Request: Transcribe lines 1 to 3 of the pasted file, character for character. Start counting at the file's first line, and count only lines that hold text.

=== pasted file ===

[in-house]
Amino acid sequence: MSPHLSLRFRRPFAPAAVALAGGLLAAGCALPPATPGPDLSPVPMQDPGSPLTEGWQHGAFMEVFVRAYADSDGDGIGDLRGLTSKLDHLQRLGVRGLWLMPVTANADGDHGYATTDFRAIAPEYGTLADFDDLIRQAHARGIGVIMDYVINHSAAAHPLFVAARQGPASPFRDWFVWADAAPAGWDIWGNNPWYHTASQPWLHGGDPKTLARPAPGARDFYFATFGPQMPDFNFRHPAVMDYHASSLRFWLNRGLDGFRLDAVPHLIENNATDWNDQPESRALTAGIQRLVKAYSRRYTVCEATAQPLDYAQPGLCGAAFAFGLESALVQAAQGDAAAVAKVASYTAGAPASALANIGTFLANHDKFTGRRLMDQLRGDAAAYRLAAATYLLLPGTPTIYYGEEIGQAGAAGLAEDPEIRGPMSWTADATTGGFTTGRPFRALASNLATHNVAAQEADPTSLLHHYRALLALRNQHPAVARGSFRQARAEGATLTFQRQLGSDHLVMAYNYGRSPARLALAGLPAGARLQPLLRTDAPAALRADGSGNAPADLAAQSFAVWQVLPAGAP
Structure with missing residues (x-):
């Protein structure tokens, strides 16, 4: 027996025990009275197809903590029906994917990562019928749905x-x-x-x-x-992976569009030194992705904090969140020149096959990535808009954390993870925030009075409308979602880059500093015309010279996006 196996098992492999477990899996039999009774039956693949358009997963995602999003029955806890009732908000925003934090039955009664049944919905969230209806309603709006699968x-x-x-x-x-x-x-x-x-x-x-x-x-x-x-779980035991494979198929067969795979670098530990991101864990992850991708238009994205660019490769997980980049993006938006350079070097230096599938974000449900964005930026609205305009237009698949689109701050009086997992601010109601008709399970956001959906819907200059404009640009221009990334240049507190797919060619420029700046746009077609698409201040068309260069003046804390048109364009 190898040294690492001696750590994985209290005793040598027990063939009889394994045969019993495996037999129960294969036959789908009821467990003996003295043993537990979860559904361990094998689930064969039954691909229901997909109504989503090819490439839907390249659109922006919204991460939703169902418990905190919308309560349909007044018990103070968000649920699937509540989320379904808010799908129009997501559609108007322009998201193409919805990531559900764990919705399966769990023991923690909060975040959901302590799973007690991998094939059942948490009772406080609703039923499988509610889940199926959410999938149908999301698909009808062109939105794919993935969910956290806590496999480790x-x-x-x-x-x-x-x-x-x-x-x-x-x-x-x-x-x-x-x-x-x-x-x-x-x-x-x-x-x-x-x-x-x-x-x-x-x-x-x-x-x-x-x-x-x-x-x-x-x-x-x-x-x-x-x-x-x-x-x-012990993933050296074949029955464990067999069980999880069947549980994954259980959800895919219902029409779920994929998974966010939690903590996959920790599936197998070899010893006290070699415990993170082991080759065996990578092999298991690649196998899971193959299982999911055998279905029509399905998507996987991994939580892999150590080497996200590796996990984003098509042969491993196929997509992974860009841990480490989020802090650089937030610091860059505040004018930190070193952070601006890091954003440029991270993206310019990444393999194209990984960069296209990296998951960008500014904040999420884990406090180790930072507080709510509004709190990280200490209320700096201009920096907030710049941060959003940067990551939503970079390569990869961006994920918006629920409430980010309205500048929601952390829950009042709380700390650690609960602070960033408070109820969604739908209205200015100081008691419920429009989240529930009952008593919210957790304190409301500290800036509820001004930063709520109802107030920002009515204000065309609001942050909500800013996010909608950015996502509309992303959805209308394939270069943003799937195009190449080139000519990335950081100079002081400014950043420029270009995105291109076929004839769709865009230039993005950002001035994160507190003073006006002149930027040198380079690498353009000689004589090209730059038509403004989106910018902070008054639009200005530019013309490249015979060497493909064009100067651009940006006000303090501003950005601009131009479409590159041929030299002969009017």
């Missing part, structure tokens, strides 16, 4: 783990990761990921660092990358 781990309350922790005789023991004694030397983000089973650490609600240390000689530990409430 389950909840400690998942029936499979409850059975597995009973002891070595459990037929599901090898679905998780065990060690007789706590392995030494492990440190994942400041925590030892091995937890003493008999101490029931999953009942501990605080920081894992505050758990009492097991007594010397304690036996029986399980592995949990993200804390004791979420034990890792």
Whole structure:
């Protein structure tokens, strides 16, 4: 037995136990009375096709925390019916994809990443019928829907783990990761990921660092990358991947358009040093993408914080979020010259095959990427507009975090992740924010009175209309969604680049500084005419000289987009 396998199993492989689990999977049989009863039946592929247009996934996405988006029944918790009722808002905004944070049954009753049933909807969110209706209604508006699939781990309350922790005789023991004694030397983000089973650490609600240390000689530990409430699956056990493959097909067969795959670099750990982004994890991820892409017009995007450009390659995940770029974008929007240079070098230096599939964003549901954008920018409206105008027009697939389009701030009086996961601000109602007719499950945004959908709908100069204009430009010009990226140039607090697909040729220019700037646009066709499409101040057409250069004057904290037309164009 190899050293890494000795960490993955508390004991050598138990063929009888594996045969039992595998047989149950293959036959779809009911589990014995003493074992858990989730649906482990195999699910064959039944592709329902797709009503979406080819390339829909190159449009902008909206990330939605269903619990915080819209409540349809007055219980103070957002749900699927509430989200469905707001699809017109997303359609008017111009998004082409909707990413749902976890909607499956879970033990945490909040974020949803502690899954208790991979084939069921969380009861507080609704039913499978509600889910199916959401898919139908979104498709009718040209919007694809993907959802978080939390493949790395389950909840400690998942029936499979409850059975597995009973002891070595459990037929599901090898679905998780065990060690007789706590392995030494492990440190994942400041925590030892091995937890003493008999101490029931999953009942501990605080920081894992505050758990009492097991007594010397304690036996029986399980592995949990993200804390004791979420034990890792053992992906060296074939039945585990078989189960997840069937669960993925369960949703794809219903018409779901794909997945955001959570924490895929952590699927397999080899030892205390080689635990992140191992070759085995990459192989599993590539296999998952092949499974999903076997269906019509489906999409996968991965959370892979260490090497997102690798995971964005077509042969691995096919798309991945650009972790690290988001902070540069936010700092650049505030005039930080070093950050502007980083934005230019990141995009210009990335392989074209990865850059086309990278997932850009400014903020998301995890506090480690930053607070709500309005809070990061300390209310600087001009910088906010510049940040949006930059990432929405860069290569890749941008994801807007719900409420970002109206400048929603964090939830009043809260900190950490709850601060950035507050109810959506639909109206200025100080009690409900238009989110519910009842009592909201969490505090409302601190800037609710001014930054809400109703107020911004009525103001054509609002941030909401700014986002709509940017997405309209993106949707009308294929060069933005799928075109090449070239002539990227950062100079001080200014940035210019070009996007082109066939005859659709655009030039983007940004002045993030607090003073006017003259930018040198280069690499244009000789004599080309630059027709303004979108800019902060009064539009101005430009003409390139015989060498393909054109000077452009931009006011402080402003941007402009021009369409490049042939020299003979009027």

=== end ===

[in-house]
Amino acid sequence: MSPHLSLRFRRPFAPAAVALAGGLLAAGCALPPATPGPDLSPVPMQDPGSPLTEGWQHGAFMEVFVRAYADSDGDGIGDLRGLTSKLDHLQRLGVRGLWLMPVTANADGDHGYATTDFRAIAPEYGTLADFDDLIRQAHARGIGVIMDYVINHSAAAHPLFVAARQGPASPFRDWFVWADAAPAGWDIWGNNPWYHTASQPWLHGGDPKTLARPAPGARDFYFATFGPQMPDFNFRHPAVMDYHASSLRFWLNRGLDGFRLDAVPHLIENNATDWNDQPESRALTAGIQRLVKAYSRRYTVCEATAQPLDYAQPGLCGAAFAFGLESALVQAAQGDAAAVAKVASYTAGAPASALANIGTFLANHDKFTGRRLMDQLRGDAAAYRLAAATYLLLPGTPTIYYGEEIGQAGAAGLAEDPEIRGPMSWTADATTGGFTTGRPFRALASNLATHNVAAQEADPTSLLHHYRALLALRNQHPAVARGSFRQARAEGATLTFQRQLGSDHLVMAYNYGRSPARLALAGLPAGARLQPLLRTDAPAALRADGSGNAPADLAAQSFAVWQVLPAGAP
Structure with missing residues (x-):